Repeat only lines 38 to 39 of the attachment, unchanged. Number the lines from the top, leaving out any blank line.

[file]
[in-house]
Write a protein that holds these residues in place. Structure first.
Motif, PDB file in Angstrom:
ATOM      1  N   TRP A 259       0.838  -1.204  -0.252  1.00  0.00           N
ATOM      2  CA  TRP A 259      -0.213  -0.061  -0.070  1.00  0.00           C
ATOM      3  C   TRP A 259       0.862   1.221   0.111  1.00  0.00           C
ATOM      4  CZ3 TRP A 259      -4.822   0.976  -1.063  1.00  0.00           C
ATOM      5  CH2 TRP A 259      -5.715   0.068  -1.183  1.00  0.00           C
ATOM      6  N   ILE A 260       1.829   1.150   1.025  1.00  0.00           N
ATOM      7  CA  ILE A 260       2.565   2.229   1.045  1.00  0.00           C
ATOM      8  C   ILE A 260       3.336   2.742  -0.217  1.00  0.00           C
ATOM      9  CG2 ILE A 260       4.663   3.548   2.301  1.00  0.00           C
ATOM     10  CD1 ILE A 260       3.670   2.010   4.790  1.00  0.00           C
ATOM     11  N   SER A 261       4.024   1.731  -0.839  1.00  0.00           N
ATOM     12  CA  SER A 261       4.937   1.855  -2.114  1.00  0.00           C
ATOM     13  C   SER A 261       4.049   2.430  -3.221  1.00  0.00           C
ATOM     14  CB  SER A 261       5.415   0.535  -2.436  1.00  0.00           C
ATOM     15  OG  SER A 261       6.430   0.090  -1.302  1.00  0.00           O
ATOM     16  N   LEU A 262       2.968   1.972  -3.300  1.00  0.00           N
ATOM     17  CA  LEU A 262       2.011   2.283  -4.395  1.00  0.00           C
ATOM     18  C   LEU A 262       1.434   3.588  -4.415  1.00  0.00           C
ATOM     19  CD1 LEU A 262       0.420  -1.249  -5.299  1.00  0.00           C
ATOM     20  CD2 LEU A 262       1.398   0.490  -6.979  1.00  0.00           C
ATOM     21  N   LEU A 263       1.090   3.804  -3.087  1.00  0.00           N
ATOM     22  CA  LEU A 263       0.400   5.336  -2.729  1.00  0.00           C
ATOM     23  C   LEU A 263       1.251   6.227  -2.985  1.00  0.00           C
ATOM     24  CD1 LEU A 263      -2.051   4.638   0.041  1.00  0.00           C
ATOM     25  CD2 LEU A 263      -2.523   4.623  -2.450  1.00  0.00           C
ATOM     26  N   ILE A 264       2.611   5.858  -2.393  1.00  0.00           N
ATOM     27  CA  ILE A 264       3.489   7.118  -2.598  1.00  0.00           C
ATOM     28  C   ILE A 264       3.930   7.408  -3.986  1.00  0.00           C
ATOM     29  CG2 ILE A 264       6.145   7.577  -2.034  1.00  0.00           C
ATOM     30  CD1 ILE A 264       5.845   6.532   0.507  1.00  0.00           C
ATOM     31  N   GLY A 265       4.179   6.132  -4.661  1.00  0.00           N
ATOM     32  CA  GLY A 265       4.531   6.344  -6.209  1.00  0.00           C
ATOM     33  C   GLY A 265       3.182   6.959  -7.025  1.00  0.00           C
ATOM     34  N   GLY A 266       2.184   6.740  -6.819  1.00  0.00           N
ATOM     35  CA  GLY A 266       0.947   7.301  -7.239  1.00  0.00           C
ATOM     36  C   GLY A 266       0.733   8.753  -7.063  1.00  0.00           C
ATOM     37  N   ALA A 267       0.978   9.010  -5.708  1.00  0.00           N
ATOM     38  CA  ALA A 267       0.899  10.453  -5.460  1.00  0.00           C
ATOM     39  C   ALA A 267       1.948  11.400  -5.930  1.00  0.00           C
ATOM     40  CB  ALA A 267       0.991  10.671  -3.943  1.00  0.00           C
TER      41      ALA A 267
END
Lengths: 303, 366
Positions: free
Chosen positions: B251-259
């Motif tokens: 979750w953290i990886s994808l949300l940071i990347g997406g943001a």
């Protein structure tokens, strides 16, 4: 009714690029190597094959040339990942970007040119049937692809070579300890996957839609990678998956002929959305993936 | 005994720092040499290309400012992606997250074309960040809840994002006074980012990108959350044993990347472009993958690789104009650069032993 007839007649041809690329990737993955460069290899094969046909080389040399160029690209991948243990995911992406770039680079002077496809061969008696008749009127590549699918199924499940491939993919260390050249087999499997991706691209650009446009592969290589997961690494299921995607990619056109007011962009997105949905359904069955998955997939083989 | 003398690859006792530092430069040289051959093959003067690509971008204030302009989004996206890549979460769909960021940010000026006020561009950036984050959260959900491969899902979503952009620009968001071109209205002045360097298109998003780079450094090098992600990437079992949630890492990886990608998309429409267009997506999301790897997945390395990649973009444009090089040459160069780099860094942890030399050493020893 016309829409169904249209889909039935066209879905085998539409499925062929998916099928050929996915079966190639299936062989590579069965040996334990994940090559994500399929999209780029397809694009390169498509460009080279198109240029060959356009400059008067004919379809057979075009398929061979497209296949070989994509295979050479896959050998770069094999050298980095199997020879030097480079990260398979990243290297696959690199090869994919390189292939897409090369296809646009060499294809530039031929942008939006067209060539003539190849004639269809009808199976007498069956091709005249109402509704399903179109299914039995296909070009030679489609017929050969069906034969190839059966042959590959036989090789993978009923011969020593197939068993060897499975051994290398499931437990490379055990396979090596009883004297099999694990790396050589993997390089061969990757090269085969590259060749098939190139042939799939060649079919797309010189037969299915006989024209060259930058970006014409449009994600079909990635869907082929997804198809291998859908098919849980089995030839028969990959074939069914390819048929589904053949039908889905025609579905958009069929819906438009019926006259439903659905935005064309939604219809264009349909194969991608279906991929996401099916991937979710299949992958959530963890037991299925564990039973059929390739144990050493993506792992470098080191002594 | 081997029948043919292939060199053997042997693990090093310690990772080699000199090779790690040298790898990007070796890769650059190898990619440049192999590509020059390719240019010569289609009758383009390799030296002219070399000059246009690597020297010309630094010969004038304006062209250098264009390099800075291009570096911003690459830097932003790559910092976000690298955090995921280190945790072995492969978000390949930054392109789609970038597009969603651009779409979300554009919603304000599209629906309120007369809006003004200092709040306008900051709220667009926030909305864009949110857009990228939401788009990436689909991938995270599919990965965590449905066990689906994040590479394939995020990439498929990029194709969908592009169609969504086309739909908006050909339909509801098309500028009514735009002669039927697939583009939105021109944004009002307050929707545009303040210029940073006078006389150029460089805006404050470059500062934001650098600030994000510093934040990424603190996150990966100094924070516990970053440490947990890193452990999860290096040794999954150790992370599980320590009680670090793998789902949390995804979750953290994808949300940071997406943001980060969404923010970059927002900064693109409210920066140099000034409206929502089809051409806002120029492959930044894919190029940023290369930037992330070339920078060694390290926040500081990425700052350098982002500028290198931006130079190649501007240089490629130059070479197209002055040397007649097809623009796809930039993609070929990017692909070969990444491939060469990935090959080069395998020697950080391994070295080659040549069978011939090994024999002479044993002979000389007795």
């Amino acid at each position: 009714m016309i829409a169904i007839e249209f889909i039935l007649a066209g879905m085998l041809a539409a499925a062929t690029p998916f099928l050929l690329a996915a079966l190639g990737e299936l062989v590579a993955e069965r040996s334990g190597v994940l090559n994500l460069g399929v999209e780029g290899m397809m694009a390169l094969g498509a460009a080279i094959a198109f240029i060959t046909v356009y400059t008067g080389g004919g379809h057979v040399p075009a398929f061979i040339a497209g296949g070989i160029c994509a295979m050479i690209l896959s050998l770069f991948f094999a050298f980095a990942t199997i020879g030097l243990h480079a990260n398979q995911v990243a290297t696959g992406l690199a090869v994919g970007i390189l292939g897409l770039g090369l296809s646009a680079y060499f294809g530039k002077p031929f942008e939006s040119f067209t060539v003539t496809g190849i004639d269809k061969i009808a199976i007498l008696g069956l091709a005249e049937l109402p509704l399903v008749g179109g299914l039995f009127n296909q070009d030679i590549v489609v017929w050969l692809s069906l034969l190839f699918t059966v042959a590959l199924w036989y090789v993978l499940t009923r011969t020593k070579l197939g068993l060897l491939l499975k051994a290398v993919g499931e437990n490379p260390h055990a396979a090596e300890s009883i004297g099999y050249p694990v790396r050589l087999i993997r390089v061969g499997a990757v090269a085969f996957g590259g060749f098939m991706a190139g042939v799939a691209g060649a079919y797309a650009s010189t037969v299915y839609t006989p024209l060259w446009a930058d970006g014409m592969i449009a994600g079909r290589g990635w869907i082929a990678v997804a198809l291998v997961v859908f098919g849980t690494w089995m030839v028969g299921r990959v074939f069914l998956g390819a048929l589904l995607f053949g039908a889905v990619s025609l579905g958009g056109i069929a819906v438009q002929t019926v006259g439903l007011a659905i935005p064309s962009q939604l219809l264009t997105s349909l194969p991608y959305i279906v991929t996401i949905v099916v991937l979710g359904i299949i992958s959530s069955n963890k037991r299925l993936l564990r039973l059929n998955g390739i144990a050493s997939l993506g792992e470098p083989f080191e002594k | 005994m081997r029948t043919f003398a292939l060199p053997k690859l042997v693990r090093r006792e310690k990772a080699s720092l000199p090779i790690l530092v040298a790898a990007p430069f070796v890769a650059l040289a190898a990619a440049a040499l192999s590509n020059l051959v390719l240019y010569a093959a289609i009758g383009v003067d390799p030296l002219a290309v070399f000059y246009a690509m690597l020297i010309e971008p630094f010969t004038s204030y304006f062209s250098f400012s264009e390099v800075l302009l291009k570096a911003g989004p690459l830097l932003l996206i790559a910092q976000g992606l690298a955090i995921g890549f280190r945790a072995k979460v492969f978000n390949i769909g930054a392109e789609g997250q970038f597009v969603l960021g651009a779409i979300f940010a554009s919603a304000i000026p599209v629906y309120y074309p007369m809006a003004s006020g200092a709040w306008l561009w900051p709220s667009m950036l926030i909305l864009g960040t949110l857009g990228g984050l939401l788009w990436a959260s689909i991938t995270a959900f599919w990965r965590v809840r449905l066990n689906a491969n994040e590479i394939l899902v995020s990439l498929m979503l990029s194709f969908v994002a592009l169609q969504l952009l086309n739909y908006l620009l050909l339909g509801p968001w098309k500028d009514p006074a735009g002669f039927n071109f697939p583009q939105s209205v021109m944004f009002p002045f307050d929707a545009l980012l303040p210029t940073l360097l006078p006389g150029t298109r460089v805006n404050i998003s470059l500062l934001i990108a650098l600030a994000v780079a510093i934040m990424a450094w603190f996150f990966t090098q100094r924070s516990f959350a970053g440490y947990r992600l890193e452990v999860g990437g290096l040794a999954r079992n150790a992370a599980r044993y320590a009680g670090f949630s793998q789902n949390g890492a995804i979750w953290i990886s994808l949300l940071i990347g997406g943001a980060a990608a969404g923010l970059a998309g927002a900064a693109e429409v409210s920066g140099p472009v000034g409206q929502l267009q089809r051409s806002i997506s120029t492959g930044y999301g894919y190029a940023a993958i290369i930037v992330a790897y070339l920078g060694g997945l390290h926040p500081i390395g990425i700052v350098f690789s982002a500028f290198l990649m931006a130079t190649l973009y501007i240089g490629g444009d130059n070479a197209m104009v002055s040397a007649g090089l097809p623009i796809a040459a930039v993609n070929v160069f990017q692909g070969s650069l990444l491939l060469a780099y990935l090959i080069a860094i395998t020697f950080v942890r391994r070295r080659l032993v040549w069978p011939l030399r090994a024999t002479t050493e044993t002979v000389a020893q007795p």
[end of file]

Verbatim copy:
ATOM     35  CA  GLY A 266       0.947   7.301  -7.239  1.00  0.00           C
ATOM     36  C   GLY A 266       0.733   8.753  -7.063  1.00  0.00           C